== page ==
Saturday, April 2, 2011
Twisted Sister/38 Special/Sebastian Bach - August 21, 2005
I’ve only seen Twisted Sister once and sometimes I wonder why I haven’t gone out of my way to see them more than that. In 2005, local New Jersey radio station WDHA held their annual Rock The Park Festival at Yogi Berra Stadium in Montclair, New Jersey. The headliners for that year’s festival were Twisted Sister. I was excited, because I had never seen Twisted Sister in concert before and this was a great opportunity to witness them live. Metal Eddie was up for attending the show with me, so on a sunny, Sunday afternoon in August, we hit the road and met up at Yogi Berra Stadium for a day of hard rock and good times.
I grew up listening to Stay Hungry. It was one of the first albums that I ever owned, and I played it over and over and over again throughout my junior high and high school years. Anthems like “We’re Not Gonna Take It,” and “Stay Hungry” were impressionable to my young, developing, music soul. These songs communicated the rock message with ferocity --- stand up for what you believe in and don’t take any guff from anyone. So while the opening acts of Sebastian Bach and .38 Special were a nice addition to the concert, it was Twisted Sister that I paid to see.
Sebastian Bach was the first “known” act to hit the stage. The opening band was a contest winner that has never been heard from since. While I loved Skid Row back in the day, I was never a fan of Bach live. During the 00s I thought that his voice sounded like pure crap. He was always huffing, puffing, and having trouble singing. His solo songs were known by almost no one and the classic Skid Row material sounded like it was being performed by a cover band. It was sad to see how far Bach had fallen. I was disappointed by his performance and it really turned me off from Bach altogether. I don’t believe that I’ve listened to any of his music since.
Following Sebastian Bach to the stage was .38 Special, a band that I was also seeing for the first time. I’ll admit I did not know their body of work that well. Sure, I knew the big hits like “Hold On Loosely,” “Caught Up In You,” “Second Chance,” and “Back Where You Belong,” but other than that, I knew nothing from .38 Special. I did, however, listen to them with an open mind and no expectations. From what I recall, and I admit that it’s not much, the band sounded great and of course their big hits were loved by all. As a lead in to Twisted Sister, .38 Special did a solid job.
Twisted Sister came to this show having announced it would be their last public appearance as Twisted Sister (which has since been proven false). At the time, it meant that it would be my first and last opportunity to see Twisted Sister in all their makeup and costumed glory. After a long day of listening to contest winners, a horrid Sebastian Bach, and a decent .38 Special, I was more than ready to see Twisted Sister rock the park.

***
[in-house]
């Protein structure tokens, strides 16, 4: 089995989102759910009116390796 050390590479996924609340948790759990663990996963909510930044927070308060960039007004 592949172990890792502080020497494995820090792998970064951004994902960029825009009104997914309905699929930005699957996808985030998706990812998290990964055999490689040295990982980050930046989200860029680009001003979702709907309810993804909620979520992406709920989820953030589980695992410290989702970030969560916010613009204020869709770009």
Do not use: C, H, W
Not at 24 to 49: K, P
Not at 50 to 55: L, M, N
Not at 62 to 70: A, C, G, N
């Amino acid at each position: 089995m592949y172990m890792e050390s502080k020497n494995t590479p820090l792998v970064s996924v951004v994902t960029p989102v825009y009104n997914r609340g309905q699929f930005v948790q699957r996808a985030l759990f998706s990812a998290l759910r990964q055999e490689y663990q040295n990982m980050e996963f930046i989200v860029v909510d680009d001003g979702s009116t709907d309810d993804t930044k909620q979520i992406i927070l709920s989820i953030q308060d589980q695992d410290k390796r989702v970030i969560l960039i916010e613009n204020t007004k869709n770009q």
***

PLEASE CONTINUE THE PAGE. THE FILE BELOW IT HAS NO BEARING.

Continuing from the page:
The August sun descended over the horizon and twilight fell upon Yogi Berra Stadium as Twisted Sister took the stage. I have no idea what they opened with, or what songs were performed, but I know the band did an excellent job of entertaining the crowd. Big hits like “I Wanna Rock,” “Stay Hungry,” “You Can’t Stop Rock And Roll,” “Captain Howdy,” and “We’re Not Gonna Take It,” were definitely performed and the crowd roared their appreciation.
At one point, early in the night, Dee Snider took a moment to complain about the concert promoter. Apparently there was some issue between the promoter and the band and Dee Snider was not happy about it at all. While it was hard to be clear what the exact issue was, it came down to the band getting ripped off and almost not performing. However, Twisted Sister was not going to do that to their fans. Dee exclaimed that there was no way the band was letting their fans down, but that the promoter was gonna get what was coming to him. The band then plowed into “We’re Not Gonna Take It,” which drew a huge reaction from the audience.
Rousing the crowd up with both their amazing music, and the ongoing tirades from frontman Dee Snider, Twisted Sister gave a great performance packed with energy and ambition. Running across the “postage stamp” sized stage, which Snider complained about on more than one occasion, Dee gave his all for the Jersey crowd. The rest of the band followed his lead and delivered the hits in heavy metal fashion.
The end of the night found Metal Eddie and I happy about the concert, but somewhat disappointed that Twisted Sister was no longer going to perform in their makeup and costumes. It’s a big part of what helped brand the band, and while I understand their decision to move in a new direction, it was hard to let go of the end of an era. However, it actually wasn’t the last time that Twisted Sister performed in full gear, but on that night, we did not know any better. I bid goodbye to my childhood heroes who went out in style. The SMFs came, conquered, and left the fans wanting more.